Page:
All Because of a Choice

Every 15 Minutes Program Aims to Deter Students From Drunk Driving

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  • During the Every 15 Minutes two-day program, Junior Summer Fitzgerald unfortunately passed away in the simulation, and is displayed laying on the hood of the totalled vehicle.

  • Senior Paige Loeffler rushes out of the vehicle to evaluate the extent of the injuries caused during the Every 15 Minutes simulation.

  • Junior Summer Fitzgerald is wheeled away by coroners in the staged accident on Tuesday.

  • Senior Connor Tabone is seen being tested for driving under the influence during the Every 15 Minutes simulated incident.

  • Summer Fitzgerald, a junior at Sage Creek, is displayed laying on the hood of a crashed vehicle for the Every 15 Minutes scene, put on by nine of our very own students.

  • Senior Bailee Brennan and junior Samantha Blackburn prepare for what’s to come while conversing with a police officer before the scene begins.

  • After rushing to junior Summer Fitzgerald’s side after the simulated incident, senior Paige Loeffler depicts sincere emotion for the loss of her friend.

  • Senior Bailee Brennan, recently paralyzed in the accident, returns to her seat after speaking with tears streaming down her face.

  • Senior Lea Marquez wallows in pain as she cries out for the loss of close friend, Summer Fitzgerald, in the crash scene on Tuesday.

  • Senior, and driver of the vehicle in the scene, Connor Tabone, is escorted out of the totalled vehicle by an officer to be questioned.

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Heartbeats. Now screeches. Then tears.

This was the series of events of Every 15 Minutes.

From March 20 to March 21, Sage Creek participated in Every 15 Minutes. Select students, administrators and teachers immersed themselves in the program to remind teens of the consequences of driving under the influence

In the program, students collaborated with the California Highway Patrol (CHP) and local emergency responders to emphasize the impact of their choice to drive under the influence. Targeted primarily towards juniors and seniors, this two-day program was filled with intensity and emotions — and deliberately so.

Unlike other mundane presentations where statistics are chucked at students and listed off like a script, Every 15 Minutes brought drunk driving to life.


It all began on March 20. At around nine in the morning, Principal Cesar Morales announced on the intercom that students should be aware of the heartbeats, as they signified the death of a DUI victim. Many students scratched their heads; Morales had done something similar during Red Ribbon Week where he narrated snippets of a student’s death due to drunk driving, but heartbeats were something foreign.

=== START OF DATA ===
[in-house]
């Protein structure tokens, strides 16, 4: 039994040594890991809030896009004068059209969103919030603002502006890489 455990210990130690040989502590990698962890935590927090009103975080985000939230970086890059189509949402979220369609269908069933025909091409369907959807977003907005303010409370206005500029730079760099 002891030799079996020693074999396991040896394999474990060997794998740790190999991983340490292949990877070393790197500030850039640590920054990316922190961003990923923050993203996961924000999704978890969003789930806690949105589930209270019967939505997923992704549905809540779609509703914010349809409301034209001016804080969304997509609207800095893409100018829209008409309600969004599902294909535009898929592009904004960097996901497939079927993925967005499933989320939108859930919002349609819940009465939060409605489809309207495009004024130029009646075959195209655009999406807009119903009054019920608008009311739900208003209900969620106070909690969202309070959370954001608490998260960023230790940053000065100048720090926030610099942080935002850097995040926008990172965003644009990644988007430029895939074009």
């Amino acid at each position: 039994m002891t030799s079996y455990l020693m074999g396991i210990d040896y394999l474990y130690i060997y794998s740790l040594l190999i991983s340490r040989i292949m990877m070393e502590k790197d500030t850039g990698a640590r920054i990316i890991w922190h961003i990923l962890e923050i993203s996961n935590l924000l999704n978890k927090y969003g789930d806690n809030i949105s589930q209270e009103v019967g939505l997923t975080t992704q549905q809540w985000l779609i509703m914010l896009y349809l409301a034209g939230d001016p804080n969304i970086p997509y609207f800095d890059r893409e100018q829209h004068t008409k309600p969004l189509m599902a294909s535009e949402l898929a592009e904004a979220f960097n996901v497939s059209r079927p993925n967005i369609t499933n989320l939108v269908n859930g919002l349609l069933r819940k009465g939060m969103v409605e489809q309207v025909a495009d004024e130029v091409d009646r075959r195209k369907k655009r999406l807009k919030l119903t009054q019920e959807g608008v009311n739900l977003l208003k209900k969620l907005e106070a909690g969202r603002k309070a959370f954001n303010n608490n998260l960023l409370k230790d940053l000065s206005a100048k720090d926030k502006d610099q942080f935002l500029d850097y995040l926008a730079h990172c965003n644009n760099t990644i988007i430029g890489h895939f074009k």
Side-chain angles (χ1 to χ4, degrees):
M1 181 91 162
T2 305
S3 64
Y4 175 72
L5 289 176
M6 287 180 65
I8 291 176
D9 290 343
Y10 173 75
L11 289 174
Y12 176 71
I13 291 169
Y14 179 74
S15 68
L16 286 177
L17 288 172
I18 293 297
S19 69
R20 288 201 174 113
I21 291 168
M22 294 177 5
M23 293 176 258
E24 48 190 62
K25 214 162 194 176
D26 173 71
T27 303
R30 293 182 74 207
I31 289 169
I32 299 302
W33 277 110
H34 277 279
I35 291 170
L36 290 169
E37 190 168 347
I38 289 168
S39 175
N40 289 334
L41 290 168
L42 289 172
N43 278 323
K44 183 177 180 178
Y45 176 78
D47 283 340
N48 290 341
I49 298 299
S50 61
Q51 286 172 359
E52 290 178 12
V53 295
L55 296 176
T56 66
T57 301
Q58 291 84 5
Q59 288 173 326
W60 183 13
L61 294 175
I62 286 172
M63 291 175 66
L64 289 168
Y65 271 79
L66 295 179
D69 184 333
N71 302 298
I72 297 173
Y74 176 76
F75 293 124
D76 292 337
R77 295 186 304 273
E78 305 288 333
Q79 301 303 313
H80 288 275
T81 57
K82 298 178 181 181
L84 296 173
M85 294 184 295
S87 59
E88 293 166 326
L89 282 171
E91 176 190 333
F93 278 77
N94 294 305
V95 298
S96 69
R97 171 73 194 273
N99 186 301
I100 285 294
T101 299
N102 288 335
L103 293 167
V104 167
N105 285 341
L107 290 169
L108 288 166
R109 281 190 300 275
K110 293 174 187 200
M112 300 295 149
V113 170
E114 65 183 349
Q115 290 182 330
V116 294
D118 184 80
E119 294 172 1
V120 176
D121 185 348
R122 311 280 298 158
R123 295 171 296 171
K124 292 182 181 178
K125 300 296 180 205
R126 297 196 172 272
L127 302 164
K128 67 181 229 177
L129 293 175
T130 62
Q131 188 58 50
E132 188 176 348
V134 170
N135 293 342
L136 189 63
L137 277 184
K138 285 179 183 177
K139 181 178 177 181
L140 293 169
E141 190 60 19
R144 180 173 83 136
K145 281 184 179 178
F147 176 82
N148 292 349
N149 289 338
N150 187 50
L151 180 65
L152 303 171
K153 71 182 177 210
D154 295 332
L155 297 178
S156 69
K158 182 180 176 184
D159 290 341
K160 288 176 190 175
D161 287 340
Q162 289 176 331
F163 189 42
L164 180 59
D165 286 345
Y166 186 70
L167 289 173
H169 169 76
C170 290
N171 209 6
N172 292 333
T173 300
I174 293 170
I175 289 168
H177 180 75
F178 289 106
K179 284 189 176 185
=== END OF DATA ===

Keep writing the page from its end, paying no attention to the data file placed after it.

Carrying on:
When the first wave of heartbeats arrived, no one knew what was going to happen. This was the case until administrators and police officers visited classrooms holding an obituary and a white rose. Jesse Schuveiller, the vice principal, announced the name of a current student; the student exited the room with their belongings, and Schuveiller proceeded to read their obituary. Nothing but a white rose and their obituary was left on the student’s desk.

For the first three class periods, heartbeats echoed through Sage Creek. Silence, confusion and mourning plagued each classroom as another student fell victim to drunk driving.


When it was time for the assembly, every student who was ¨killed¨ sat silently with skeleton-painted faces. Two wrecked cars sat face to face. Within the cars sat nine students with bloody faces. Some were conscious. Some weren’t.

Over the speaker system, senior Paige Loeffler and a 911 dispatcher communicated about the dramatized car crash. Nine Sage Creek students collided at the intersection of Cannon and El Camino. Her voice quaked with fear as she was screaming through the phone; she told the dispatcher every gruesome detail of the collision.

The phone call played as the majority of the student body found their seats. It was played a second time when everyone was seated. There was complete silence. Unlike other assemblies where students chattered and giggled, stillness plagued the audience.

Eyes remained peeled and mouths stayed shut as police, paramedics, and firefighters sped around the track to the scene. Meanwhile, the ten students moaned and screamed for help. The drunk driver of one of the cars, senior Connor Tabone, was put to blame.

¨What did you do, Connor?… Connor, get out of the car… Connor, what did you do?,¨ the victims wailed.

In the midst of screams, the students who were able to escape the demolished cars, did so. They shuffled, trying to sober up in order to help their other friends get out of the car. These students were the lucky ones. Juniors Summer Fitzgerald and Grayson Hatter, along with senior Bailee Brennan, all suffered from the decision Tabone made to get behind the wheel.

After Fitzgerald was zipped away in the coroner’s car, Hatter was airlifted in a helicopter, and Brennan was rushed to the emergency room, the first assembly drew to a close.


The next day, the second assembly took place in the Bobcat Arena. A video showcasing how the disaster came to fruition was played first.